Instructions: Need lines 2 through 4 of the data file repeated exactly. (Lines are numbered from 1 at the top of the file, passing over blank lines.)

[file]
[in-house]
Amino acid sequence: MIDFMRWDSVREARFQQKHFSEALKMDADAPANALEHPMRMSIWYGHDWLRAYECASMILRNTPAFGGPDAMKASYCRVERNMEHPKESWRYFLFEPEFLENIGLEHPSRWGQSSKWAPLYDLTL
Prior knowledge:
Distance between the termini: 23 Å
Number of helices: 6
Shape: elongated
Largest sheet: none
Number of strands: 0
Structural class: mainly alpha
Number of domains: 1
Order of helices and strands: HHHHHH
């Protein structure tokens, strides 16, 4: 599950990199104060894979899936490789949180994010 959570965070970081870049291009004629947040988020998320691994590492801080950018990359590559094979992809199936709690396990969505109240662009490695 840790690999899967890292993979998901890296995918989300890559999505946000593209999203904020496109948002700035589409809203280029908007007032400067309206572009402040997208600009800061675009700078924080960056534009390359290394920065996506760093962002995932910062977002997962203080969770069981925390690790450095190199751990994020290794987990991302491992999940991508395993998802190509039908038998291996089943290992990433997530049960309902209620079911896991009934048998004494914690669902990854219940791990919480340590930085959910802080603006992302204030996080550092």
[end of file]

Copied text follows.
Amino acid sequence: MIDFMRWDSVREARFQQKHFSEALKMDADAPANALEHPMRMSIWYGHDWLRAYECASMILRNTPAFGGPDAMKASYCRVERNMEHPKESWRYFLFEPEFLENIGLEHPSRWGQSSKWAPLYDLTL
Prior knowledge:
Distance between the termini: 23 Å